A Dutch silver-gilt mounted nautilus cup, mark of Cornelis Jansz van der Burch, 1607. 13¼ in (33.7 cm) high. Estimate: $100,000-150,000. Offered in Rothschild Masterpieces on 11 October at Christie's in New York
The furniture in the collection highlights the quintessential blend of sophistication and comfort that epitomises the Rothschild interiors. Favouring masterworks of 18th-century French craftsmanship, these items also reflect a goût tapissier, or a taste for fabrics, that was another cornerstone of their style.
This is embodied most clearly in a needlepoint-upholstered slipper chair that dates to around 1860. The chair, adorned with a crowned ‘R’ for Rothschild, is both lavishly upholstered in crimson damask and tasselled fringe while also being an item of practicality. Designed without arms, it was meant to allow the sitter easier access to their feet for undressing.
A Napoleon III needlepoint-upholstered slipper chair, c. 1860. 35 ½ in (90 cm) high, 20 in (51 cm) wide, 27 in (68.5 cm) deep. Estimate: $4,000-6,000. Offered in Rothschild Masterpieces: Le Goût on 13 October at Christie’s in New York; Right: By Louis Delanois, Joseph-Nicolas Guichard and Jean-Baptiste Cagny, A pair of late Louis VX gilt walnut and white-painted fauteuils, c. 1770-1771. 44 in (112 cm) high, 27 in (69 cm) wide, 31 ½ in (80 cm) deep. Estimate: $600,000-1,000,000. Offered in Rothschild Masterpieces on 11 October at Christie’s in New York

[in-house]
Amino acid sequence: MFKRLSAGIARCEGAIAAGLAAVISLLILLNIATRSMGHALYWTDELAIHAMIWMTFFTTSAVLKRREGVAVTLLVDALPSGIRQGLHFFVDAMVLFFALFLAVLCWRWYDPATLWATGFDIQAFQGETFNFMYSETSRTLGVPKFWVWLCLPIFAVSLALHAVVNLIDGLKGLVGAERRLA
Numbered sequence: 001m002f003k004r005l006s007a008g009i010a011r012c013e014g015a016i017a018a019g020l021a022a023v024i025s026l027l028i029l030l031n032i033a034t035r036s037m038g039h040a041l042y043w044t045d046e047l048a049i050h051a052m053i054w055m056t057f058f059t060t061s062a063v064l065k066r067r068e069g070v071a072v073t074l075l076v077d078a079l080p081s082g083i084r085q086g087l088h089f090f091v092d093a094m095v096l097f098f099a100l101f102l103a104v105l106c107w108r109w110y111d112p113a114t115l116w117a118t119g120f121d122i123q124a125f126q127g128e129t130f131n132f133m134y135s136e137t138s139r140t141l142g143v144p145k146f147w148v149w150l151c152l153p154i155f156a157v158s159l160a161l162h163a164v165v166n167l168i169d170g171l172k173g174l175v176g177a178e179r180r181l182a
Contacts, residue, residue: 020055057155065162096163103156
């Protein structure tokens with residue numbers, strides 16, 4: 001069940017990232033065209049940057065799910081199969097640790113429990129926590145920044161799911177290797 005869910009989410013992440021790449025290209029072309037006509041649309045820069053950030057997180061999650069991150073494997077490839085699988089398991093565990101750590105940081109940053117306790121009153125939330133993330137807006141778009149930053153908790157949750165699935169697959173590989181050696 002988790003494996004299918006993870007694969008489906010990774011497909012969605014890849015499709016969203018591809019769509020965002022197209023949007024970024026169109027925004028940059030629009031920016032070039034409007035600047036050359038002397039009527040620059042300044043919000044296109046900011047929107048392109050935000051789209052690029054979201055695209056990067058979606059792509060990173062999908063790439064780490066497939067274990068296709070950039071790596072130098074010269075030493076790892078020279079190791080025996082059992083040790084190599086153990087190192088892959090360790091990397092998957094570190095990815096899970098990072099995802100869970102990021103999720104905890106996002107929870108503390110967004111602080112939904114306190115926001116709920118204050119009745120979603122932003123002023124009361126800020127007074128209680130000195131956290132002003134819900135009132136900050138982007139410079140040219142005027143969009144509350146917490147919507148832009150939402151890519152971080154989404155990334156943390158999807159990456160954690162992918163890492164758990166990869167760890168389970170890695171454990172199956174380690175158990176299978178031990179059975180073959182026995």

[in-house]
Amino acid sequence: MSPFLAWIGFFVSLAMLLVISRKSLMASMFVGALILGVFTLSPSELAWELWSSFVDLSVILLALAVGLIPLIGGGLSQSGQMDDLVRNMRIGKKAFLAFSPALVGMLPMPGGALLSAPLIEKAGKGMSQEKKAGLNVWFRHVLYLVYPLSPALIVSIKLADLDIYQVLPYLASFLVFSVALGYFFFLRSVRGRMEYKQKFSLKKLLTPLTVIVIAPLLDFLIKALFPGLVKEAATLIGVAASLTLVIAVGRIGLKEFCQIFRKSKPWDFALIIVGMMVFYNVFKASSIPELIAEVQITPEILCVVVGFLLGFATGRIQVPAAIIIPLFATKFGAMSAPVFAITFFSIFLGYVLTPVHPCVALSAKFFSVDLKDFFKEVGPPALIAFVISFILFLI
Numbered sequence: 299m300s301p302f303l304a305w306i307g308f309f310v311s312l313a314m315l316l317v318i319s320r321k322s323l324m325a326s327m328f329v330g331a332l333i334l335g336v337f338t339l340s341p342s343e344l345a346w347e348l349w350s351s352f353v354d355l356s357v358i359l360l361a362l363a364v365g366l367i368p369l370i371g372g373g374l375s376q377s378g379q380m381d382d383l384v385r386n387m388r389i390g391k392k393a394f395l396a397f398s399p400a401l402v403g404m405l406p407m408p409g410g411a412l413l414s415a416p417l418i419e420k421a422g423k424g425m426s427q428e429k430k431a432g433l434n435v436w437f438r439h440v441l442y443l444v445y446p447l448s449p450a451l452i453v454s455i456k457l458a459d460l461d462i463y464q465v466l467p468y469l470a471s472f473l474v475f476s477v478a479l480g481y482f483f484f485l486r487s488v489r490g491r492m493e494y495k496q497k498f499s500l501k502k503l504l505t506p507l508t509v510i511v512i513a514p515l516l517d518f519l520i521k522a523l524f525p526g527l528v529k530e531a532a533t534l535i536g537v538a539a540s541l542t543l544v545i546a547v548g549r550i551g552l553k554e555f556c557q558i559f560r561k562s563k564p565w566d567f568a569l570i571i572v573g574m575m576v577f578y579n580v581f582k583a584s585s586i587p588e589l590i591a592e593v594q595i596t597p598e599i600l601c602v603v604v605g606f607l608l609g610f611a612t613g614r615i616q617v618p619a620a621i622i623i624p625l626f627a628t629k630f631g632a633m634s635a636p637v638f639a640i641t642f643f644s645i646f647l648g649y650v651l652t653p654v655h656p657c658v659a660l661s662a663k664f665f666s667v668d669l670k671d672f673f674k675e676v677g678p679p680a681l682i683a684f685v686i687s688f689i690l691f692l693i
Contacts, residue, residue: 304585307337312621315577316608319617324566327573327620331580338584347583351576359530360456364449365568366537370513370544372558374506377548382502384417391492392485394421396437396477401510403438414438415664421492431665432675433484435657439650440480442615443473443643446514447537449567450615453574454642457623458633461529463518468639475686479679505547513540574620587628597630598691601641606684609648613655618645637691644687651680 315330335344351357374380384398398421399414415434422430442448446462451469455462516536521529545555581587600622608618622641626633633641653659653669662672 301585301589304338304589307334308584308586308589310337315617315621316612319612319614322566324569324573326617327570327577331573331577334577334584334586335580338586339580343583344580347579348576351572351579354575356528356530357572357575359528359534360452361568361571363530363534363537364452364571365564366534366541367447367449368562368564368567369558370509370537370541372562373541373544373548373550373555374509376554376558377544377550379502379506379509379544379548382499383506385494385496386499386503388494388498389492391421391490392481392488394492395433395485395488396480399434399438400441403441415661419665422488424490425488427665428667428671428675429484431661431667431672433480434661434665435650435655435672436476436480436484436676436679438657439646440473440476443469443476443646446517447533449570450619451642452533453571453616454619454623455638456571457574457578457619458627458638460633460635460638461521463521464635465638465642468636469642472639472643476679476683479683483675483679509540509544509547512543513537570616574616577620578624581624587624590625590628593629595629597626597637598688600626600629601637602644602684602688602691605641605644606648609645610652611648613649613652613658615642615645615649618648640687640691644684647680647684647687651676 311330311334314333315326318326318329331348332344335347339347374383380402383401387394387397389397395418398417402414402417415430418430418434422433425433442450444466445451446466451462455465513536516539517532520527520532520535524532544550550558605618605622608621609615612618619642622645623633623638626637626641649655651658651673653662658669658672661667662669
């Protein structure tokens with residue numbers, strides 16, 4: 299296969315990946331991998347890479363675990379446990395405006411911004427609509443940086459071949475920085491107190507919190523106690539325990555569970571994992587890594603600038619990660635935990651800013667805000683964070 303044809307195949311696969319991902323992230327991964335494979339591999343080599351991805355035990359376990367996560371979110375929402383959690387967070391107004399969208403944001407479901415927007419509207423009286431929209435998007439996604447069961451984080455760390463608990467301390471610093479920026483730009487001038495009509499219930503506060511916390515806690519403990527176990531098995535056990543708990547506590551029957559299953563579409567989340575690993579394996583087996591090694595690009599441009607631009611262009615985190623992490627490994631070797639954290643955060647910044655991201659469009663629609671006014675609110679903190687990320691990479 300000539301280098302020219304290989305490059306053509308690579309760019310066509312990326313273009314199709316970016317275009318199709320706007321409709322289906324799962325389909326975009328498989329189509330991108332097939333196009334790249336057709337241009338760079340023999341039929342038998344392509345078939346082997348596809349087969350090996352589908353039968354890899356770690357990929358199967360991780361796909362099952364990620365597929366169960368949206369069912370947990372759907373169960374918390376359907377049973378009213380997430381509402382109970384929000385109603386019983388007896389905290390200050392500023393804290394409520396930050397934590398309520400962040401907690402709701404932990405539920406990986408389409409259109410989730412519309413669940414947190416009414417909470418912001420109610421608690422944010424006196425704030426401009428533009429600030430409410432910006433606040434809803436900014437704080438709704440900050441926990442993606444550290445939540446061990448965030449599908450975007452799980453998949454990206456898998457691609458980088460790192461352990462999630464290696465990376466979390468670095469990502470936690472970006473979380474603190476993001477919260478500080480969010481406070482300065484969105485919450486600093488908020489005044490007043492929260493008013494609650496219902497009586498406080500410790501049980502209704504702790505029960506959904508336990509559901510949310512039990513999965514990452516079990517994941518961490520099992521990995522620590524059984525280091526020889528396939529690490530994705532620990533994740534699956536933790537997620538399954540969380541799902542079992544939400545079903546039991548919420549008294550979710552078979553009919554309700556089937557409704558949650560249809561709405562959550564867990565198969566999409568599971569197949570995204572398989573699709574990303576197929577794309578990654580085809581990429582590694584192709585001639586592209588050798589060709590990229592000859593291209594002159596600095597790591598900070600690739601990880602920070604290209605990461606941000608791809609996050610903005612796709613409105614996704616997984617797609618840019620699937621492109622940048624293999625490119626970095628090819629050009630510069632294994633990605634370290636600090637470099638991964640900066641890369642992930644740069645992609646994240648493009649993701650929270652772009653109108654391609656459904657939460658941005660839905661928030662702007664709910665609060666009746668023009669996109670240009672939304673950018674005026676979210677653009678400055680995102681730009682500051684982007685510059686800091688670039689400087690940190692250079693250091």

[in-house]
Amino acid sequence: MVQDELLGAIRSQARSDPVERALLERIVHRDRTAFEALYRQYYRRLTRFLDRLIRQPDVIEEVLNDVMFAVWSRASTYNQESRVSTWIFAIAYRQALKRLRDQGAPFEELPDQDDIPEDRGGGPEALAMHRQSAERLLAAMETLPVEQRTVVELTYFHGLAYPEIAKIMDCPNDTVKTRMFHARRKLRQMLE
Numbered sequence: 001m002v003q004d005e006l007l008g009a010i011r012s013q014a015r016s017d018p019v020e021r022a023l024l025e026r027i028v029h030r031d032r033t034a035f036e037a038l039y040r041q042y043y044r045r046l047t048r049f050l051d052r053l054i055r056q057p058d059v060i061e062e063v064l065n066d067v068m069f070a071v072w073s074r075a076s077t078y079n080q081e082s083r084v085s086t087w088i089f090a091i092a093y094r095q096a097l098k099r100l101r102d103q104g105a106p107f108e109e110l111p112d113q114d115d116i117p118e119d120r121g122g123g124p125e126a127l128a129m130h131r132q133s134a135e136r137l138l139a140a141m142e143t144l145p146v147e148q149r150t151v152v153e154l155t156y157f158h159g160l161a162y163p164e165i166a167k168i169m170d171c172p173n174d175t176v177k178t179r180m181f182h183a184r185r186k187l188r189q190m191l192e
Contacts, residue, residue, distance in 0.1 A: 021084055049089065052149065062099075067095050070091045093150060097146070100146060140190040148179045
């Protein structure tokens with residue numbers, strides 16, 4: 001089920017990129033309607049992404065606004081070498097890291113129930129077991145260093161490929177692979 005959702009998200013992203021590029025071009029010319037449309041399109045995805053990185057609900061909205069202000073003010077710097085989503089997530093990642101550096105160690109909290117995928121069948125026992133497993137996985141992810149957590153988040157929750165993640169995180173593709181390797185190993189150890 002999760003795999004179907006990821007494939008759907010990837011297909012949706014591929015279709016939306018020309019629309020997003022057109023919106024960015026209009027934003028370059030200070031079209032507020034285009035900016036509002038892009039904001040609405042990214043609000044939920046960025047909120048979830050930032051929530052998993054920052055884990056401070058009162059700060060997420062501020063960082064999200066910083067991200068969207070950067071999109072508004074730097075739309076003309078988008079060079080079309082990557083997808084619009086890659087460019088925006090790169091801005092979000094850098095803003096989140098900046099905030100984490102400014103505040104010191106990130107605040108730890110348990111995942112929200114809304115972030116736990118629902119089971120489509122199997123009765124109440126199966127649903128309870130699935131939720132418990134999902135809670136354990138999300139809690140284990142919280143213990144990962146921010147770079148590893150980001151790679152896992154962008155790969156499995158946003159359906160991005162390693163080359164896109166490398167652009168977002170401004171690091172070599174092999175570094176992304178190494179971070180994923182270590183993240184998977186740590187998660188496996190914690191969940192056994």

Provenance was also of particular importance, and the collection is rife with items owned by prominent families and royal households. This includes a pair of fauteuils from Madame du Barry’s famous Château de Louveciennes. The last mistress of Louis XV, du Barry commissioned these richly carved chairs from Louis Delanois, one of the most important menusiers of his time. Delanois was an early adopter of the neoclassical style and a favoured craftsman of patrons such as the Prince de Condé and the King of Poland. Du Barry, however, remained his most important client, and additional examples of Delanois’ designs for her are currently displayed at Versailles.
A tradition of collecting
Layered among the curiosities and lush French furniture were also Old Master paintings from celebrated artists like Gerrit Dou, Adriaen van Ostade and Aelbert Cuyp. These works tell the story of a tradition of collecting, with Alphonse augmenting the collecting categories first curated by James and Betty.